CSS - styles/layout

Years ago, the standard for creating page layouts on web pages was using tables. And they did the trick - you could make even the most complicated layouts by creating complex tables, if you nested them in countless other tables - programs like Adobe Photoshop has tools to create these layouts for you, and it's all done with the click of a button. Visually, it got the job done. But if you look at the HTML code required to make some of these layouts, finding content embedded in the code is like trying to find your one navy blue sock in a basket of black socks. You could have 10 times as much table markup (code) as content. File sizes are much bigger than necessary, and those who use screen readers (which reads a webpage out loud) have a hard time filtering through the gobbly-gook. (if your website still uses this method, don't worry - our old one did too)

Additionally, styling was done with extra HTML markup - font tags for text styling, nested tables for borders, etc. - that cluttered the page markup even more.

Then came CSS, or Cascading Style Sheets. CSS allows you to separate the content (what's really important on your webpage) from both the layout (positioning of elements on the page) and styles (fonts, colors, borders, etc.).This has many advantages, but here are a few:


Unfortunately, accessibility doesn't seem to be high on the priority list of many web developers. More than just a logical page flow and intuitive element positioning, accessibility allows those with less favorable circumstances (eg. decreased motor ability) to still navigate the site. Keyboard shortcuts are very easy to implement (supported on input and link tags as the accesskey attribute), and allow the user an alternative to using the mouse. An underlined letter on a link or the label of an input key denotes the keyboard shortcut. Using these shortcuts varies by browser:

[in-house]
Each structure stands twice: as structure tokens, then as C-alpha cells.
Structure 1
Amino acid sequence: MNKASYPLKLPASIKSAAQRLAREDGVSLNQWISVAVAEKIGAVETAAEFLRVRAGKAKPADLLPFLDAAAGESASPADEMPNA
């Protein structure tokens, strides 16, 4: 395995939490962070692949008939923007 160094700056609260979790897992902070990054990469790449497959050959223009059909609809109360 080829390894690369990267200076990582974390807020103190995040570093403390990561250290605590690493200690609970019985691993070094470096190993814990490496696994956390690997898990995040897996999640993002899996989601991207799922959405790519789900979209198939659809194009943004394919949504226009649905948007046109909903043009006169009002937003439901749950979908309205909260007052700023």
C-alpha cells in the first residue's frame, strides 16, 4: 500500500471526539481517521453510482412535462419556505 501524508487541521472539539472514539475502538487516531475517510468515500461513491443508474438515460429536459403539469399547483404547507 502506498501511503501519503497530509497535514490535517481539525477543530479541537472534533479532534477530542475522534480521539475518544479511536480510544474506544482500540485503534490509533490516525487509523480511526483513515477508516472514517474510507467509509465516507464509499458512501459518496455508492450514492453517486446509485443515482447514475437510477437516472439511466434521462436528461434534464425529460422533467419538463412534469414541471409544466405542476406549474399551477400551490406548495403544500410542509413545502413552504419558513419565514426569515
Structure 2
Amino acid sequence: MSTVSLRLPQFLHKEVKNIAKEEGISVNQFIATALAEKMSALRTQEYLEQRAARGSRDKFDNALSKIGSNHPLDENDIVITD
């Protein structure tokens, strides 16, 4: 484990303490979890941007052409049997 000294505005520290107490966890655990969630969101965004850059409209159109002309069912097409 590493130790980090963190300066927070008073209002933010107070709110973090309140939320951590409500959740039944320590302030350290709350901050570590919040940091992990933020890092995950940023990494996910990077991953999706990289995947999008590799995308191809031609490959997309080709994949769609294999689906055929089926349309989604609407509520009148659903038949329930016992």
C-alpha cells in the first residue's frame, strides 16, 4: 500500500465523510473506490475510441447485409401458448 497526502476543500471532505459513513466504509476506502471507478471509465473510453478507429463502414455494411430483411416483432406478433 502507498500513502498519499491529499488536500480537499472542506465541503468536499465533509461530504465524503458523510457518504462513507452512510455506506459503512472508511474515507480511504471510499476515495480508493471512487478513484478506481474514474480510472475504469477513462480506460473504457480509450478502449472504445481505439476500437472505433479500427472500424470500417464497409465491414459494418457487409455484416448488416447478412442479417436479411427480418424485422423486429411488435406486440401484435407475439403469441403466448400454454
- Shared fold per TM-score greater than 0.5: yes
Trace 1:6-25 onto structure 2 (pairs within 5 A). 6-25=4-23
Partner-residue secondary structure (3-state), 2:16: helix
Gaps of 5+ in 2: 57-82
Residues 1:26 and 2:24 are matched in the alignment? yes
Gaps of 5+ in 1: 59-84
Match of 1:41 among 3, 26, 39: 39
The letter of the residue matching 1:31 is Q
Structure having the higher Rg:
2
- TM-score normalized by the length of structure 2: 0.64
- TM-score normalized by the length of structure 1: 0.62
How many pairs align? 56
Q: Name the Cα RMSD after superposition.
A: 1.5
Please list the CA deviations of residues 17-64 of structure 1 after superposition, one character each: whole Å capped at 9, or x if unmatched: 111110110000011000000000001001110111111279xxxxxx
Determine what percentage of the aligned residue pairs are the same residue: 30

Another important aspect of accessibility is the absence of unnecessary markup, which is attained by good usage of CSS. Not only is it important to avoid usage of old, deprecated tags and attributes (eg. <font>, the bgcolor attribute, etc.) to clean up the page, but it is just as important to use good semantic markup. For example, use the <blockquote> tag if you're quoting something (instead of using a <div> tag) or the <label> tag when identifying an input field (instead of using a table for simple forms). Any of these tags can be styled in your CSS style sheets. Avoid using <i> or <em> tags simply for formatting - only use them when you want to convey the message that the contained text is emphasized. In this way, one who analyzes the code or listens to it being read by a screen reader can have a better understanding of the organization of the page.


Resources Used